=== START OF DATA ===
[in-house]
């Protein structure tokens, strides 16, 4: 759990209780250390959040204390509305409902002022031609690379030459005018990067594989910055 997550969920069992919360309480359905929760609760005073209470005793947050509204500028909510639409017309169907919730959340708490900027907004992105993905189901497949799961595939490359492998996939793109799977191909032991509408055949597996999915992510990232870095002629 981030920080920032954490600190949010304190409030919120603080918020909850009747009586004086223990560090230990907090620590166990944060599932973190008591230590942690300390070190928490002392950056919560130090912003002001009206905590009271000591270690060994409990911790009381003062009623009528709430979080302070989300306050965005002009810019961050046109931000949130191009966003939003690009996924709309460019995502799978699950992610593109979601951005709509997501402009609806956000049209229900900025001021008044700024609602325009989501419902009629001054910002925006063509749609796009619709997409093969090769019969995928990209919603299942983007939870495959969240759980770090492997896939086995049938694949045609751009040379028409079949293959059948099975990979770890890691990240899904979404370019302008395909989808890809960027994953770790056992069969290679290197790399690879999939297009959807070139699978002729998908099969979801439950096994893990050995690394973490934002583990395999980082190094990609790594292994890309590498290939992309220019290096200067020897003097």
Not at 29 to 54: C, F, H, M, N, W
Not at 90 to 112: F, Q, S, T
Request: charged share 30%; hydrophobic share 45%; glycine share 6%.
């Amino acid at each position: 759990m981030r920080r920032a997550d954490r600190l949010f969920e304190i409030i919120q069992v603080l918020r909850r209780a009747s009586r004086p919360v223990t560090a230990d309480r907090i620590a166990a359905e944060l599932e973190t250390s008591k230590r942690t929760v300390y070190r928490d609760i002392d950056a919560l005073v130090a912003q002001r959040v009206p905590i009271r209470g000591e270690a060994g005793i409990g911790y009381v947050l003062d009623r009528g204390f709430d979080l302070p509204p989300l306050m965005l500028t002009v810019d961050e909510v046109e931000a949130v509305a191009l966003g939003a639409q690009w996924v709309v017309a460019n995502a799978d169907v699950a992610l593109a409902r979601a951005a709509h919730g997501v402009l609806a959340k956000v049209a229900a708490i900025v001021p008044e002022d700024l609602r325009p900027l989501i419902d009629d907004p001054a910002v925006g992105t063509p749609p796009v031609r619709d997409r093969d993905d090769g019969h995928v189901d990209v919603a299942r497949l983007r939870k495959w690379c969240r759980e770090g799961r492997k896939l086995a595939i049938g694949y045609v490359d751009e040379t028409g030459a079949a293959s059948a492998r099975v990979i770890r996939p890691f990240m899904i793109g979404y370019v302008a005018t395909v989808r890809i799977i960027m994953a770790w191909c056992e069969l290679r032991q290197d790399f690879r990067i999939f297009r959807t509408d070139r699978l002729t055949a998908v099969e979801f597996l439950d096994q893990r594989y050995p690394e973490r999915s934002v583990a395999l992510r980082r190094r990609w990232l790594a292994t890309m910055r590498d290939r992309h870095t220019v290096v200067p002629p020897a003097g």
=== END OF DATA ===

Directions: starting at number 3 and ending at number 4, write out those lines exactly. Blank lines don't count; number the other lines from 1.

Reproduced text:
Not at 29 to 54: C, F, H, M, N, W
Not at 90 to 112: F, Q, S, T